EasyJet boss Dame Carolyn McCall says she is “calm” about Brexit and positive that the UK’s departure from the EU will not prevent people flying to Europe.

Speaking at the latest Travel Weekly Business Breakfast hosted by Google yesterday, McCall said to expect plenty of headlines about talks breaking down over the next 18 months.

But she said: “If by 2018 we have not got an agreement, do you think people are not going to allow British airlines to fly to Europe?

“We need to get an agreement, we probably need a transitional agreement, but that’s what they are deciding today.”

McCall said part of her job is to make sure aviation is a top priority for the UK government and the other 27 EU member states as they negotiate Brexit.

However she told delegates that easyJet could not wait for an agreement to be reached and that plans to establish an operating base in Europe are on track.

She will not reveal where the budget carrier has chosen for its European operating licence until it is finalised, but said the move puts it on a par with every other airline in Europe.

“I feel very calm about it [Brexit],” she said. “We decided we had to control our own destiny as far as we possibly could in an industry were shocks are very frequent and much more common than other industries.

“We are the only airline at any scale denominated in pounds sterling. What can we control? We can hedge, so we have been hedged.

“And over the years we have made sure we have very strong contacts with governments and regulators right across Europe. We believe in working with them to get what we need and what we want.

“The reason I am able to be calm is we have planned for if we did not stay in Europe. It’s a no brainer if you are in the aviation market to be in Europe because freedom to fly has been the most liberating thing.

“That liberated market has ensured passengers have hugely benefitted in terms of what they can do and fares.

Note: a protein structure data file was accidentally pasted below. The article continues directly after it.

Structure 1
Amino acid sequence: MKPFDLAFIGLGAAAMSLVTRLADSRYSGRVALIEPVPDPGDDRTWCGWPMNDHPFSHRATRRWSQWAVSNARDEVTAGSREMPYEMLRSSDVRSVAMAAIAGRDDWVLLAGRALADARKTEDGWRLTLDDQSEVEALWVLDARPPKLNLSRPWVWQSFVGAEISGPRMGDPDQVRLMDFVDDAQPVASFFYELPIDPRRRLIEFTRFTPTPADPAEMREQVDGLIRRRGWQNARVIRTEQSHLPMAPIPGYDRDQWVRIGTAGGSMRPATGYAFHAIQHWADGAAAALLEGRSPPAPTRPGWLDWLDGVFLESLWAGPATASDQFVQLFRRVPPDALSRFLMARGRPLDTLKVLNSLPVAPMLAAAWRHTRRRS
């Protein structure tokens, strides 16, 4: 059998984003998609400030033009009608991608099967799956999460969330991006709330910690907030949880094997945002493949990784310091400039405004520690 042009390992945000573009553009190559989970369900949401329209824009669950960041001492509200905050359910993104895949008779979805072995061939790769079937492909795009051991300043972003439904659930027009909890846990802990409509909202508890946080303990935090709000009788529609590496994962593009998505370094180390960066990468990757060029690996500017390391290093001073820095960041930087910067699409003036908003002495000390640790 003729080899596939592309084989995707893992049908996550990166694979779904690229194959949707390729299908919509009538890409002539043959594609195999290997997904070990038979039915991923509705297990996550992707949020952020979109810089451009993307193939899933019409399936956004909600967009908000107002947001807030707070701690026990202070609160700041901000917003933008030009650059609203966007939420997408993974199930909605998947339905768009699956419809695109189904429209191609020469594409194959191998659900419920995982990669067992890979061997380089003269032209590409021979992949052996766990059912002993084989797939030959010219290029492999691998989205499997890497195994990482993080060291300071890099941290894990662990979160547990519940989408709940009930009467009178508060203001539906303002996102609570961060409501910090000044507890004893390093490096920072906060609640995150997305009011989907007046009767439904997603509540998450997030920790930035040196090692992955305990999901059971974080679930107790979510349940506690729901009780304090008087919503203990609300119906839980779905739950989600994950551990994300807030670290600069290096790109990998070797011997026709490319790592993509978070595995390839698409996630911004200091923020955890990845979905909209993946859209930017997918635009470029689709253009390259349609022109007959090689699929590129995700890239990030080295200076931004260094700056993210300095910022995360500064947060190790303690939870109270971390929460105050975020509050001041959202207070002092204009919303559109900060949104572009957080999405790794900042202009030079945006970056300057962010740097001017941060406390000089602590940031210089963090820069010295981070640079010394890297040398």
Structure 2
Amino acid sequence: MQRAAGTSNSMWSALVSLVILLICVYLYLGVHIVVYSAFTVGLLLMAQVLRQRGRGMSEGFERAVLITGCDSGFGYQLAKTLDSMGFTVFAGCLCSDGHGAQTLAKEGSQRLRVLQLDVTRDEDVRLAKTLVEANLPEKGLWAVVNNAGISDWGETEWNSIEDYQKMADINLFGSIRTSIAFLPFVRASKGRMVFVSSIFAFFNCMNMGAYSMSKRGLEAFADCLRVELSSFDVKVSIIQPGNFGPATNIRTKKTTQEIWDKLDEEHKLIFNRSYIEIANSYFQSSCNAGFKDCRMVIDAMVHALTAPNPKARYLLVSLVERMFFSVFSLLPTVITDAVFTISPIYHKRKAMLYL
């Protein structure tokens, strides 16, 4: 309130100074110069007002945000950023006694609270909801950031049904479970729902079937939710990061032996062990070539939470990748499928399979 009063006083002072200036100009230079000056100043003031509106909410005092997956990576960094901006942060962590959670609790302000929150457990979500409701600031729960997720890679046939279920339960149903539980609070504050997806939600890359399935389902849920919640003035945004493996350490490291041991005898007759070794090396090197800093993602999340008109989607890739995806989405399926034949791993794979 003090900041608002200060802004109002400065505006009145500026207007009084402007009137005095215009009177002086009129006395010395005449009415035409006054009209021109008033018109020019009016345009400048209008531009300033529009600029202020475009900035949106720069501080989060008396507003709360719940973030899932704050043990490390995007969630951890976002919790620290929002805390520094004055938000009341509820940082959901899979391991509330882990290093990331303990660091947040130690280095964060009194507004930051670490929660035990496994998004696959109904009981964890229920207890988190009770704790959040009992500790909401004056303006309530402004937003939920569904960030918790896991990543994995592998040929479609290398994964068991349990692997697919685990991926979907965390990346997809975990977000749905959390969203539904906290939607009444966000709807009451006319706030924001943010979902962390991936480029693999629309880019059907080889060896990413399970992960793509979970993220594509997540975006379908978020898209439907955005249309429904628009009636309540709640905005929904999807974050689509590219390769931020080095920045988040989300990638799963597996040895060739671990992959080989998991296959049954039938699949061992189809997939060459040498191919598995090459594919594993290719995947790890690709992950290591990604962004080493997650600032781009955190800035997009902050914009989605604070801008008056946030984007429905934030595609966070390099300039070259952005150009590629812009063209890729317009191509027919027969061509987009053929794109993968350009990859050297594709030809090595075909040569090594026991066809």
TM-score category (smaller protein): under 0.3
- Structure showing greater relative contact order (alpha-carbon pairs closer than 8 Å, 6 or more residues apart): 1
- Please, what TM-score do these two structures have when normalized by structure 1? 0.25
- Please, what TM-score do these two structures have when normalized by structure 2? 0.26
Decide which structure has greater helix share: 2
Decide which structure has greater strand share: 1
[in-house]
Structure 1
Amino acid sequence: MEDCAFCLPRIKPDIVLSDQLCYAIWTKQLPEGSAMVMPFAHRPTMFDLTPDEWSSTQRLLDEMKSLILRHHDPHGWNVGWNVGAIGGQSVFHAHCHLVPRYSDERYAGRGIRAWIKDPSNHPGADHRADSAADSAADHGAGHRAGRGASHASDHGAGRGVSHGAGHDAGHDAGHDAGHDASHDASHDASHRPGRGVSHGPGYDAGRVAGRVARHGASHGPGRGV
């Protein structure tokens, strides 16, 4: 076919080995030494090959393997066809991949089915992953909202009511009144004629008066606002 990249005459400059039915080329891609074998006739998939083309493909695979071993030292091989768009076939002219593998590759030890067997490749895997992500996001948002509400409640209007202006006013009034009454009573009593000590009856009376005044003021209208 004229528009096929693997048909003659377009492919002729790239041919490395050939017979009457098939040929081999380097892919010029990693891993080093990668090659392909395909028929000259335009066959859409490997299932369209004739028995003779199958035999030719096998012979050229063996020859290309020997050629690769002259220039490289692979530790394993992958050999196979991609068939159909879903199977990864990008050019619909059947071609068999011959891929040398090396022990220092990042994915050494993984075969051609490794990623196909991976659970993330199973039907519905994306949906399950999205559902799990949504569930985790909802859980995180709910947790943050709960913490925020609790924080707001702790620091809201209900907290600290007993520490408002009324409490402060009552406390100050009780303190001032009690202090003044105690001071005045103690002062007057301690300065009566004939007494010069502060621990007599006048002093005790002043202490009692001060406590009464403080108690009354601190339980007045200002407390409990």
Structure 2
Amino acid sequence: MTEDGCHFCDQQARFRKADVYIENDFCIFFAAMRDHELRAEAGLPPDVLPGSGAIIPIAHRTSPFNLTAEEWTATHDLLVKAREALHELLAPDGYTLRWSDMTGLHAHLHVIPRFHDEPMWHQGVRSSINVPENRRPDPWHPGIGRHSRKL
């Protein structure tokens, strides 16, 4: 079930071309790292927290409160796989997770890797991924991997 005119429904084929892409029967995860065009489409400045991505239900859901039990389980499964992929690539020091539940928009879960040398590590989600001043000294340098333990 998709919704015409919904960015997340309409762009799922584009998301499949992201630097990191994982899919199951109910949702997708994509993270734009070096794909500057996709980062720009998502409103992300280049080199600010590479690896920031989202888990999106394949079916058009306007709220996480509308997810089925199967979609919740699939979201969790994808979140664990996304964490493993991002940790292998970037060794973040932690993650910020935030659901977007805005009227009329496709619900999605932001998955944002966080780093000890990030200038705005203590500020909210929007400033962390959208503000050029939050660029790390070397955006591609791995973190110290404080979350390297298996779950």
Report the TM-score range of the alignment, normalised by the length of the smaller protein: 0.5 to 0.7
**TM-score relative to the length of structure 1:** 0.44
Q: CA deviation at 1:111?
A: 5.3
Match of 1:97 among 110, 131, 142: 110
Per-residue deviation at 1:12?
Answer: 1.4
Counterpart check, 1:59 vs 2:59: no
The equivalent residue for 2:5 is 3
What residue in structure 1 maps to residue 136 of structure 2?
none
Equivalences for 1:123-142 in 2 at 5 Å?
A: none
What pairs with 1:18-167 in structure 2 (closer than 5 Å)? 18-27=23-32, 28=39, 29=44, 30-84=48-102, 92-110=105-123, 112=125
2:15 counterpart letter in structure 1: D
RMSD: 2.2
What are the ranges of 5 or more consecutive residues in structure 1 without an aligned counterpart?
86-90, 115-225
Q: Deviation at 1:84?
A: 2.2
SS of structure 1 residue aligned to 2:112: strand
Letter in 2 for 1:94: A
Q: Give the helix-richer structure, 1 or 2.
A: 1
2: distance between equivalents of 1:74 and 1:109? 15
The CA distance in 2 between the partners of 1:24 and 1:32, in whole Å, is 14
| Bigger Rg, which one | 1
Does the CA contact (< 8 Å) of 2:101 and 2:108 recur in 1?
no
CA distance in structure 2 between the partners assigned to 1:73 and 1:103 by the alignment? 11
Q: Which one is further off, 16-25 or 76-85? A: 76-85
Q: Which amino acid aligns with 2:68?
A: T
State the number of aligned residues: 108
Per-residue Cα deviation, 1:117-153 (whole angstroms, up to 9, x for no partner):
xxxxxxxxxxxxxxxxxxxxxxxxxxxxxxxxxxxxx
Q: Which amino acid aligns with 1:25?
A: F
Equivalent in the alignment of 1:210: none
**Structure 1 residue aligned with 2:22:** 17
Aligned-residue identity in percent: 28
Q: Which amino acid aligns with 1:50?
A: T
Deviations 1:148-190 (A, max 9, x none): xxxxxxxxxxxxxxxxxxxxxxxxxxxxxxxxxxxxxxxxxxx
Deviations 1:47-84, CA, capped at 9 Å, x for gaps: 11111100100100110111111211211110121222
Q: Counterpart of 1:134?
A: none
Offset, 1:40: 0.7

“Once it went the other way we had to focus on the future and not moan about what it could have been.

“We started to implement a contingency plan, which in summary is we will have a European AOC (Air Operator Certificate) and a UK AOC. We already have a Swiss AOC.”

McCall said it takes time to register 100 aircraft is flies on routes within Europe and so it could not wait for the politicians to thrash out a deal.

However, she said “if we can get an aviation agreement that looks like what we have today, that’s fantastic”.

McCall said the referendum last year saw an immediate 20% devaluation in sterling and an £80 million hit for the airline.

But she said a 35% drop in the value of easyJet’s shares has since recovered back to where it was and the carrier remains in a strong position in a period of low oil prices.

“Airlines that are under pressure are those that do not have good balance sheets,” she said.

“We do not feel that pressure because the fact is we are here forever and we have a long game to play and will continue to make the right decisions.

“We are in expansion mode and next year we will grow by 6% to 9%. There are more opportunities out there regardless of what’s going on because the fundamentals of the airline market have not changed.

“Legacy airlines still have a huge amount to do. They still do not have a low cost operating model, they are not agile. They have years of catching up to do.”